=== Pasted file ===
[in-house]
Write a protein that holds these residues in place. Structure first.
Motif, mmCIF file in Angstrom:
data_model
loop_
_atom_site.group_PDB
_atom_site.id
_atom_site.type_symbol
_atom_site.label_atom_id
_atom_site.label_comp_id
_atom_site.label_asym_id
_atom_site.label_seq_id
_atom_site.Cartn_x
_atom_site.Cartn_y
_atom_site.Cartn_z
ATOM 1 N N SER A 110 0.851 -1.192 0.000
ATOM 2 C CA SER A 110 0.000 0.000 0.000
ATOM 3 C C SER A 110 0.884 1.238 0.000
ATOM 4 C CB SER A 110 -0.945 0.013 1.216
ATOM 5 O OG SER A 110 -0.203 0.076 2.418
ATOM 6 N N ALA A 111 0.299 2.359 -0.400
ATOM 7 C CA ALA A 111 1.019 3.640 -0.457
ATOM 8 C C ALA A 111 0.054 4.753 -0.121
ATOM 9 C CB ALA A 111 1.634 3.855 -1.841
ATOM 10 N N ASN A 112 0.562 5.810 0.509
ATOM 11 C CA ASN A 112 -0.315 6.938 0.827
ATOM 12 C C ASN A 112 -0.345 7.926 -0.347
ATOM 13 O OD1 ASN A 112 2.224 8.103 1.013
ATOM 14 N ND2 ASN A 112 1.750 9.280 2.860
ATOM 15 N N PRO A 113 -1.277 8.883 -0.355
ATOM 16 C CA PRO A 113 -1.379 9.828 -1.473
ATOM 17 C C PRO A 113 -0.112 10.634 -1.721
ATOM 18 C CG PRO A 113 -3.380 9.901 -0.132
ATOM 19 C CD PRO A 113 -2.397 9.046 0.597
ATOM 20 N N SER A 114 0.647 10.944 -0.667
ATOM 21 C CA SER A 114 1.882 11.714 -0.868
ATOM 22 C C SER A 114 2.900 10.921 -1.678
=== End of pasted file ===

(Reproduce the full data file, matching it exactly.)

[in-house]
Write a protein that holds these residues in place. Structure first.
Motif, mmCIF file in Angstrom:
data_model
loop_
_atom_site.group_PDB
_atom_site.id
_atom_site.type_symbol
_atom_site.label_atom_id
_atom_site.label_comp_id
_atom_site.label_asym_id
_atom_site.label_seq_id
_atom_site.Cartn_x
_atom_site.Cartn_y
_atom_site.Cartn_z
ATOM 1 N N SER A 110 0.851 -1.192 0.000
ATOM 2 C CA SER A 110 0.000 0.000 0.000
ATOM 3 C C SER A 110 0.884 1.238 0.000
ATOM 4 C CB SER A 110 -0.945 0.013 1.216
ATOM 5 O OG SER A 110 -0.203 0.076 2.418
ATOM 6 N N ALA A 111 0.299 2.359 -0.400
ATOM 7 C CA ALA A 111 1.019 3.640 -0.457
ATOM 8 C C ALA A 111 0.054 4.753 -0.121
ATOM 9 C CB ALA A 111 1.634 3.855 -1.841
ATOM 10 N N ASN A 112 0.562 5.810 0.509
ATOM 11 C CA ASN A 112 -0.315 6.938 0.827
ATOM 12 C C ASN A 112 -0.345 7.926 -0.347
ATOM 13 O OD1 ASN A 112 2.224 8.103 1.013
ATOM 14 N ND2 ASN A 112 1.750 9.280 2.860
ATOM 15 N N PRO A 113 -1.277 8.883 -0.355
ATOM 16 C CA PRO A 113 -1.379 9.828 -1.473
ATOM 17 C C PRO A 113 -0.112 10.634 -1.721
ATOM 18 C CG PRO A 113 -3.380 9.901 -0.132
ATOM 19 C CD PRO A 113 -2.397 9.046 0.597
ATOM 20 N N SER A 114 0.647 10.944 -0.667
ATOM 21 C CA SER A 114 1.882 11.714 -0.868
ATOM 22 C C SER A 114 2.900 10.921 -1.678